Once again, Matt creates the storylines that shouldn’t work and instead of letting Tommy Dreamer leave the WWE, sets him on his path to a WWE Championship shot at the Royal Rumble. How will it all turn out? Watch to find out!
We’ll kick off this week with a sensational mashup performance from Dizzee Rascal from Jools Annual Hootenanny.
Welcome Ladies and Gents to the first TTWTWB of the year, I am as always, your host with not quite the most but almost (I’ll keep working on that, I promise) and seeing as it’s been a couple of weeks since a standard edition we best get straight to business!
This week’s soap debacle involves a Coronation Street character and the end of an actor’s career! Cast your mind back to one Mr Martin Platt.
Martin was a Street mainstay after marrying Gail Platt, taking on step-children Nick and Sarah-Louise (more on whom in a bit) and producing their own little Plattspawn, David. However, this being soap opera, married life didn’t last (although this one had more legs than most are allowed to in current day storylines) and Gail ended up with serial killer Richard Hillman in one of the most famous, and possibly worst soap storylines of all time. Martin eventually controversially ended up with 16 year old neighbour Katy Harris, before they were split up by her irate parents. Katy murdered her Father with a wrench (reads like an episode of themed Cluedo doesn’t it!?) and subsequently died in prison. Martin eventually left with new partner Robyn, never to be seen (although he still gets namedropped by son David who went to stay with him in storyline recently) again. In itself, that is a terribly melodramatic run of events over the 20+ years he featured, but nothing quite as bad as what the writers had planned for him, which led to his eventual departure.
You see, the writers were, for some strange reason, enamoured with the idea of Martin being with a girl of 16. However, horrifically the original plan did not involve Katy at all. Rather, the original plan was for Martin to start a relationship with…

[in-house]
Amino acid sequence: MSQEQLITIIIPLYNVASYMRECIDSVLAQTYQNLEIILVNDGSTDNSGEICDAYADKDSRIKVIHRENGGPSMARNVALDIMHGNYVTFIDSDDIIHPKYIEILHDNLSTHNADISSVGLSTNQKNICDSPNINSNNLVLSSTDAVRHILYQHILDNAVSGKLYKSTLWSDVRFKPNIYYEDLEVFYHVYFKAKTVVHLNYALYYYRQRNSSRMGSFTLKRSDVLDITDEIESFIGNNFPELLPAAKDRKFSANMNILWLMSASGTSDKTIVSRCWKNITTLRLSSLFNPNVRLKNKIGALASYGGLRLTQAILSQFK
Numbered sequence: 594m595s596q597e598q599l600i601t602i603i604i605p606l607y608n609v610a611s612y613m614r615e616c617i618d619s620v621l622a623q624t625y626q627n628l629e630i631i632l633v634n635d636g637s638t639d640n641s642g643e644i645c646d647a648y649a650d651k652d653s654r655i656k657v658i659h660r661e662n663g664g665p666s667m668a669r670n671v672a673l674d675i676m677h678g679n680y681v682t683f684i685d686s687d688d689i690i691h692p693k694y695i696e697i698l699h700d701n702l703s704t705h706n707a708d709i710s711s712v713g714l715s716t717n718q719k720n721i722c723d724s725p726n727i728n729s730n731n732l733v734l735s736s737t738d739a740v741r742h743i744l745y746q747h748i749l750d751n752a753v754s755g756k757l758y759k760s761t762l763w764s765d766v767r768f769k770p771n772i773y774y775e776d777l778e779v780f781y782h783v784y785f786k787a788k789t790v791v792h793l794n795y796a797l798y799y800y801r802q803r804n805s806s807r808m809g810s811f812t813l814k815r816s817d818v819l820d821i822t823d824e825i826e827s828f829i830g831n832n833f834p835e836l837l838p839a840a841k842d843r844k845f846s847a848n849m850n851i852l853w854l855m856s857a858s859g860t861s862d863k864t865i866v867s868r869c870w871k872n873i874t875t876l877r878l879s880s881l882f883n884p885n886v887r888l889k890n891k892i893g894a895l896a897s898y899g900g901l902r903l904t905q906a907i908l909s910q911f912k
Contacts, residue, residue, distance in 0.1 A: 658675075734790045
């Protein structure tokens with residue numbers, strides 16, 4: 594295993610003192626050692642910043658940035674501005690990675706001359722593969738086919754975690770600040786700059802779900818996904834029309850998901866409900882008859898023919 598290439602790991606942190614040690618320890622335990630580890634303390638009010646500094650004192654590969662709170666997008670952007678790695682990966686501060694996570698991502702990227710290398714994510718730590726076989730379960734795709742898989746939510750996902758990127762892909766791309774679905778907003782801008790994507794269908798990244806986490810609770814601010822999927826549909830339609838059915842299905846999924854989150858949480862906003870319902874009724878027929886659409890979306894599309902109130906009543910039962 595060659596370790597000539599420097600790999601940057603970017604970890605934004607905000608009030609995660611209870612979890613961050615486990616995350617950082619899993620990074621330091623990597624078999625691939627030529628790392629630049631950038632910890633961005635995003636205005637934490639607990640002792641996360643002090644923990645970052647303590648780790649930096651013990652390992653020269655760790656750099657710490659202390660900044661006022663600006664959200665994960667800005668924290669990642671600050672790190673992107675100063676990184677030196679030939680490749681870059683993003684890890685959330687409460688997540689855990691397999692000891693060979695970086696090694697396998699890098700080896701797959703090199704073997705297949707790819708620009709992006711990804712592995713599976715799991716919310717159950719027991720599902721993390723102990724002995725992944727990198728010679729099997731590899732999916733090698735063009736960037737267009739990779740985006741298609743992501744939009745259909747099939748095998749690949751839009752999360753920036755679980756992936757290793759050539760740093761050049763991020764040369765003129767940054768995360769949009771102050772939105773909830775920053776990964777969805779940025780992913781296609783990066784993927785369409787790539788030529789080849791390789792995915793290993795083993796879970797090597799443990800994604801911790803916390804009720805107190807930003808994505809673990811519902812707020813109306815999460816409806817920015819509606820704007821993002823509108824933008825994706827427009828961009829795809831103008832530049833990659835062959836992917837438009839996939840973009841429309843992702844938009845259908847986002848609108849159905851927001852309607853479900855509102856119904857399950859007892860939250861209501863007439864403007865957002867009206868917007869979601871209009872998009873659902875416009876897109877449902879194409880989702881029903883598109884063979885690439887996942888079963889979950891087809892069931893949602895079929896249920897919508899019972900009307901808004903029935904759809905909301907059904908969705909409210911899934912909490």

his former Step-Daughter Sarah-Louise who was 15 at the time (What the hell is it with Soap writers and semi-incestual relationships!?). Sarah who, lest we forget, already had a baby of her own by that stage, presumably would have followed the path Katy took as far as getting pregnant by Martin, and maybe even would have been the one to have taken a wrench to somebody (Gail maybe?) after being convinced to have an abortion under false pretenses. This of course would have been only a short time after Richard Hillman’s reign of terror and would have left Coronation Street resembling an episode of Midsomer Murders.
So what put the kibosh on that and forced a hefty rewriting? Well at least one person inside Granada Studios had some sense, and actor Sean Wilson who portrayed Martin flatly refused to participate in any storyline where he would be linked to an underage girl. After the Katy storyline was written instead and then finished, the writers once again approached him and told him their plans to link him with an underage girl yet again. Once again Sean refused, and as a thank you for 20 years of service to Coronation Street, the character of Martin Platt was axed late in 2005.
I really have to give credit to Sean Wilson here for standing up for himself so as to not demonise himself in public or draw unwanted attention to his family, after all, soap actors still get verbally abused in the street for the actions of their characters, and I can’t imagine the reception would be good for someone playing a role like that. Wilson himself also deserves props for his post acting success. After leaving the business in 2008, disillusioned with the lack of good offers coming this way, he started his own Cheese company, Saddleworth and won three awards in only his first year in business, which is a very impressive effort.
But what of the rejected storyline in Coronation Street? Well with a slight rehash it became the storyline given to Debra Stephenson as Frankie Baldwin and her relationship with her Step-Son. I suppose you can’t fault their commitment or persistance!
We’ll have more horrors for you next week, but for now we have more recent things to be discussing.
We have two big departures to focus on from the last couple of weeks. We’ll first deal with the one that everybody knew was coming and was looking forward to with deep anticipation. David Tennant’s last appearance in Dr Who was very well executed, with his emotional last visits around his companions of the last few years tying up loose ends nicely. Particularly moving was his interaction with the pre-Doctor Rose and of course Bernard Cribbins all too short run as the Dr’s assistant in which he delivered another show stealing performance. However as willing as I am to give Matt Smith a chance to impress as the Doctor, he didn’t impress me in his cameo in the same way David Tennant grabbed me in his first appearance.